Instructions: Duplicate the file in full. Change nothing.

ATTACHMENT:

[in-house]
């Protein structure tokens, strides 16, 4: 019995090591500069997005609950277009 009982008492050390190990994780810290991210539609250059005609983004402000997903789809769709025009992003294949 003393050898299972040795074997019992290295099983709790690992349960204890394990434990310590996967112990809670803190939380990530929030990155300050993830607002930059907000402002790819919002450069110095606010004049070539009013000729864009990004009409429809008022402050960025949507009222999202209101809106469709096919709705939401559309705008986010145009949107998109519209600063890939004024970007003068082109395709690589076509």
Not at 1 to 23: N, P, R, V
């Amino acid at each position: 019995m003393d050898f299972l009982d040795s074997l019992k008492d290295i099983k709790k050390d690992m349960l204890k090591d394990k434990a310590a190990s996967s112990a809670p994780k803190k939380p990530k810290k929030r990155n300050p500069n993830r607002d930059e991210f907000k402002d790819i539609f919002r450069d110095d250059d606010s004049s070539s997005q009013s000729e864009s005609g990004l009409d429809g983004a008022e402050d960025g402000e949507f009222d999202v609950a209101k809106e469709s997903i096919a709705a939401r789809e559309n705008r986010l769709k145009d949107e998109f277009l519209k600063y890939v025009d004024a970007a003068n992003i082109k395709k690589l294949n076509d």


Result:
[in-house]
């Protein structure tokens, strides 16, 4: 019995090591500069997005609950277009 009982008492050390190990994780810290991210539609250059005609983004402000997903789809769709025009992003294949 003393050898299972040795074997019992290295099983709790690992349960204890394990434990310590996967112990809670803190939380990530929030990155300050993830607002930059907000402002790819919002450069110095606010004049070539009013000729864009990004009409429809008022402050960025949507009222999202209101809106469709096919709705939401559309705008986010145009949107998109519209600063890939004024970007003068082109395709690589076509």
Not at 1 to 23: N, P, R, V
């Amino acid at each position: 019995m003393d050898f299972l009982d040795s074997l019992k008492d290295i099983k709790k050390d690992m349960l204890k090591d394990k434990a310590a190990s996967s112990a809670p994780k803190k939380p990530k810290k929030r990155n300050p500069n993830r607002d930059e991210f907000k402002d790819i539609f919002r450069d110095d250059d606010s004049s070539s997005q009013s000729e864009s005609g990004l009409d429809g983004a008022e402050d960025g402000e949507f009222d999202v609950a209101k809106e469709s997903i096919a709705a939401r789809e559309n705008r986010l769709k145009d949107e998109f277009l519209k600063y890939v025009d004024a970007a003068n992003i082109k395709k690589l294949n076509d």